Most people have some awareness of fiber’s important role in digestive health and its cancer-protective properties. Most fiber types do help us in some way, but many do not offer the broad spectrum of benefits carried by others.

The most beneficial type of fiber is called fermentable fiber. These plant molecules feed certain families of microbes and allow their populations to flourish, while generating short chain fatty acids (SCFAs) along the way. The SCFA butyrate is a critical type of fat that has been shown to not only improve the immediate GI environment, lowering the colon’s pH and helping nourish the cells that line the digestive tract, but to also help regulate gene expression in other areas of the body, and to even reduce a person’s systemic level of inflammation.

The differences between true, vegetable-based fiber and the types that are most often added to fiber-fortified foods are vast. Breakfast cereals and other products often have sawdust-derived cellulose or wheat bran added to reach their "high in fiber" status. Attempts to show that fiber-fortified foods offer protection against cancer for instance, have failed repeatedly. Vegetable fiber does, in fact, offer protection against a variety of common Western diseases, including breast cancer, whereas whole grains and cereals do not.(1)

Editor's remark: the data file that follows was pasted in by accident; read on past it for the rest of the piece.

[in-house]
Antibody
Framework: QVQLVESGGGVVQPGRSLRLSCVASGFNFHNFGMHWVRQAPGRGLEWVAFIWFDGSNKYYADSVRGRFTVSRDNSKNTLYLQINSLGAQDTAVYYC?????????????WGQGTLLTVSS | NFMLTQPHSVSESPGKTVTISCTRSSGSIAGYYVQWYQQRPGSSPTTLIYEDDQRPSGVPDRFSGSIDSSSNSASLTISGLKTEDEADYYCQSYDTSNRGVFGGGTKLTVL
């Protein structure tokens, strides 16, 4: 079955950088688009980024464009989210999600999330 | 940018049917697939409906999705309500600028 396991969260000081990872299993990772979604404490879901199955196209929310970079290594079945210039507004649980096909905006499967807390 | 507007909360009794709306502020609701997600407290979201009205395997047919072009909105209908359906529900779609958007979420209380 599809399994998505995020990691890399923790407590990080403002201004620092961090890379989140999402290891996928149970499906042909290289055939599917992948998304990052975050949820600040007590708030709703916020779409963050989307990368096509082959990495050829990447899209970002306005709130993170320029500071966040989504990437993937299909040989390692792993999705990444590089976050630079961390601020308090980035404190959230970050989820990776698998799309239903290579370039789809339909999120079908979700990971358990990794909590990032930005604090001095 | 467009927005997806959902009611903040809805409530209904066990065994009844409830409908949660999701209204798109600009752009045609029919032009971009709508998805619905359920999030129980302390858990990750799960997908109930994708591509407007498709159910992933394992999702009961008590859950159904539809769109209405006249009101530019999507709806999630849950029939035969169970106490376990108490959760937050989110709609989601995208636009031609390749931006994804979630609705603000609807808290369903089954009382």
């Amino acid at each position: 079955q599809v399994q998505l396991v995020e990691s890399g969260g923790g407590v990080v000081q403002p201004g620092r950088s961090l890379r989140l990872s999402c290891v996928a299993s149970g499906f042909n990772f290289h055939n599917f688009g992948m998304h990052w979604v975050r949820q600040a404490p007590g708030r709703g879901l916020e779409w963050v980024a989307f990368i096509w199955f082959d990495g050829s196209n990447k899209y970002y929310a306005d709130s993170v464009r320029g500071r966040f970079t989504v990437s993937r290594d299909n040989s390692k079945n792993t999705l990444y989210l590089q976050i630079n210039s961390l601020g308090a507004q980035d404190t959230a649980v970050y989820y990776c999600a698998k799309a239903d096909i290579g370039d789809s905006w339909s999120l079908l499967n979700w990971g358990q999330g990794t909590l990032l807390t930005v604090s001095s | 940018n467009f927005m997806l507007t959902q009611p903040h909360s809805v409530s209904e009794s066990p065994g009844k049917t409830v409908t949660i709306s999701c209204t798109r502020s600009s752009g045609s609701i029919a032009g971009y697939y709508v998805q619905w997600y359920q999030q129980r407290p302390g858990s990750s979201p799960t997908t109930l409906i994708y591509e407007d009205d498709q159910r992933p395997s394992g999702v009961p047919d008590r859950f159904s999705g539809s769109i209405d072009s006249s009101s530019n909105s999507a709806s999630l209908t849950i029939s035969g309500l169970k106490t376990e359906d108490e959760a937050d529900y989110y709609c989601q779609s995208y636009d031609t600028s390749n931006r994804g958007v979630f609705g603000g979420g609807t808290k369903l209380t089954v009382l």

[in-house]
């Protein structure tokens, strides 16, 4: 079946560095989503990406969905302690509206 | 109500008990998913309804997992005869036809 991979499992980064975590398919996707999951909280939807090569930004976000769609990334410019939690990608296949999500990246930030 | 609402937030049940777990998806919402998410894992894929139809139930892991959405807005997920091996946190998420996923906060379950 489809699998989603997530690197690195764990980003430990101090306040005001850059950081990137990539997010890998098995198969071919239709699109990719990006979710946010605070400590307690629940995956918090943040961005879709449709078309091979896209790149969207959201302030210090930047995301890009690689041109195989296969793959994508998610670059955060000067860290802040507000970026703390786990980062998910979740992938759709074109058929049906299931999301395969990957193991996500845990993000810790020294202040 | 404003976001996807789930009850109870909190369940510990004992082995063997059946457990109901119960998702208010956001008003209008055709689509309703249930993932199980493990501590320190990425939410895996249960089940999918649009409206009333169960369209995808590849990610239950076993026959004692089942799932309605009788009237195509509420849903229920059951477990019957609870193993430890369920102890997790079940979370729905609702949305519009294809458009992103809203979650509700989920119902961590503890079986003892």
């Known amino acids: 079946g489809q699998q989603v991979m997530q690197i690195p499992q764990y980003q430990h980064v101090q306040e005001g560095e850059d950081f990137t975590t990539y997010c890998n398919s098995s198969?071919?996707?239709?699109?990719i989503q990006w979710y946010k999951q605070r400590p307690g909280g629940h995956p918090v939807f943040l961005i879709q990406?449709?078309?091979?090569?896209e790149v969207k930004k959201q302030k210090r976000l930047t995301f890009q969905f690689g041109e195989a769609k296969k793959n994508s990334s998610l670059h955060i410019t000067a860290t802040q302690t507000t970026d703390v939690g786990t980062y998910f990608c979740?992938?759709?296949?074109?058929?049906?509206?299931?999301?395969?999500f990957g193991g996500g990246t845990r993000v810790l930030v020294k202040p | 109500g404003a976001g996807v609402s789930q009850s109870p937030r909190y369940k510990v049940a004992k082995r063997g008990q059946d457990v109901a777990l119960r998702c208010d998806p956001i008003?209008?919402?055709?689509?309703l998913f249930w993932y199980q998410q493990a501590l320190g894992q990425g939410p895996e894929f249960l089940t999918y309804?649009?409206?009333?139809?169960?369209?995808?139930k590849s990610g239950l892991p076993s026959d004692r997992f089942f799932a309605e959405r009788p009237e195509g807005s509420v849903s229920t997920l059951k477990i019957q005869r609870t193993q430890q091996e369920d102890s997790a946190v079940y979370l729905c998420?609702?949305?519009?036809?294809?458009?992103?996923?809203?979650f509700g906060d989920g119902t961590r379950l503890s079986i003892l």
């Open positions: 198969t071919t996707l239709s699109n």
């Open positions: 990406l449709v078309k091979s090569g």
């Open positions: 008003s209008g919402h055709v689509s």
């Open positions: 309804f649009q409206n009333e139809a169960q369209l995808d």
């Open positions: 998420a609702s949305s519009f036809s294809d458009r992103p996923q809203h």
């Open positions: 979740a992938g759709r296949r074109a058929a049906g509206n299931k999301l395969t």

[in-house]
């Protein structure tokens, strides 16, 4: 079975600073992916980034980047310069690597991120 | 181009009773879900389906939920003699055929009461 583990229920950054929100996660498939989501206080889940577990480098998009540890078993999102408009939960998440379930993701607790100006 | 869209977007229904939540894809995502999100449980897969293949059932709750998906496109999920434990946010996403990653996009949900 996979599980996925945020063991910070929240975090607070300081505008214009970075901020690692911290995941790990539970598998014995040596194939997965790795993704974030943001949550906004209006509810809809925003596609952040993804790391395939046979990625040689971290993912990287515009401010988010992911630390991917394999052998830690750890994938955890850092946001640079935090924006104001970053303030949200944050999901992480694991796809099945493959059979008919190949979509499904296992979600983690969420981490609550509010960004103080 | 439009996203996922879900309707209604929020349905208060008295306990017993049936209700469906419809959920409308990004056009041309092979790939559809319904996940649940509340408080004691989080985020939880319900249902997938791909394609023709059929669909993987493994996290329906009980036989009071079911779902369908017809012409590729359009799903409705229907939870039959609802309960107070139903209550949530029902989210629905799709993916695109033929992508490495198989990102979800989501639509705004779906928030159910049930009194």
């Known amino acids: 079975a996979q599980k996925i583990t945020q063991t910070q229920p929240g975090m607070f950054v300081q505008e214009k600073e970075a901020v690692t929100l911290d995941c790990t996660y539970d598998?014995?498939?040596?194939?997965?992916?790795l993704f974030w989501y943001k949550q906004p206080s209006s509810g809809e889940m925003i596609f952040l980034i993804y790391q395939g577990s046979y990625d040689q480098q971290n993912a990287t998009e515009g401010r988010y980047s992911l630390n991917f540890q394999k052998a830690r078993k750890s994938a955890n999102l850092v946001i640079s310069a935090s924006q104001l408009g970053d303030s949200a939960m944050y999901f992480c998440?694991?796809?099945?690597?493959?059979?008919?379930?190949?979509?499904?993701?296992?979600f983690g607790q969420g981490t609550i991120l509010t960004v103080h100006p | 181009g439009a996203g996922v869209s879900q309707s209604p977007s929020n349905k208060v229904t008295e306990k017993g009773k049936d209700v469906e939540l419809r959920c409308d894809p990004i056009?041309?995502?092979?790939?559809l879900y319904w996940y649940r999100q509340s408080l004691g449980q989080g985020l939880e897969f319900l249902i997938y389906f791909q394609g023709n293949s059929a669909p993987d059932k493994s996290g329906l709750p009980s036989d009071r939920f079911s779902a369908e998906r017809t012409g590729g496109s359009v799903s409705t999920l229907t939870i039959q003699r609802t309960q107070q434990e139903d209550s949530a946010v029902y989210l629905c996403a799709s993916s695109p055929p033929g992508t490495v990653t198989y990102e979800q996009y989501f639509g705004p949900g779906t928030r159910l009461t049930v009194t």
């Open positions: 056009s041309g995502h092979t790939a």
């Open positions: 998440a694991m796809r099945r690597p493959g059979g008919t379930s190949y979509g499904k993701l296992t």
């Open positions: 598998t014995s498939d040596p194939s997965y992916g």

It gets even murkier when you consider the results of rigorous investigations of cereal and grain fiber. A 1989 study, for instance, showed that men who adopted a recommended whole grain, high-fiber-cereal diet (17 grams or more of fiber coming from whole grains) had an increased rate of heart attack — 22 percent higher than men who ate a low-fiber (less whole grain) diet. This is exactly the opposite result expected by the investigators, and is most likely why they failed to discuss it in their conclusions!(2)

Fiber is impossible for us to digest, but can be of great value to some important microbes. If they can ferment it, then it can serve as a great source of assistance with everything from glycemic control to intestinal repair and healing.

If the fiber is not fermentable, then it can serve as the ultimate anti-nutrient, binding micronutrients and altering the GI transit time to produce anything from a general intestinal irritation to very loose bowel movements.(3)

This is why fiber has such a bad reputation in some clinical settings. In most cases, patients that experience extensive bloating, increased gastric reflux (GERD) symptoms, nausea, or altered bowel movements have been given a food that was either fortified or was high in bran content. As always, the best solution is to eat whole foods and products made with whole foods.

This paper, published in the American Journal of Gastroenterology, is one of the best overall resources for a thorough understanding of which fibers are best for our health.

  1. (Pietro Ferrari 2013)(Me´lanie Deschasaux1 * 2013)(Zhang CX1 2011)
  2. (Burr ML, 1989)
  3. (Janet Tomlin 1988)

Dr. John Bagnulo is Director of Nutrition at Functional Formularies, and leads nutrition and research and development initiatives. Learn more about Dr. Bagnulo here.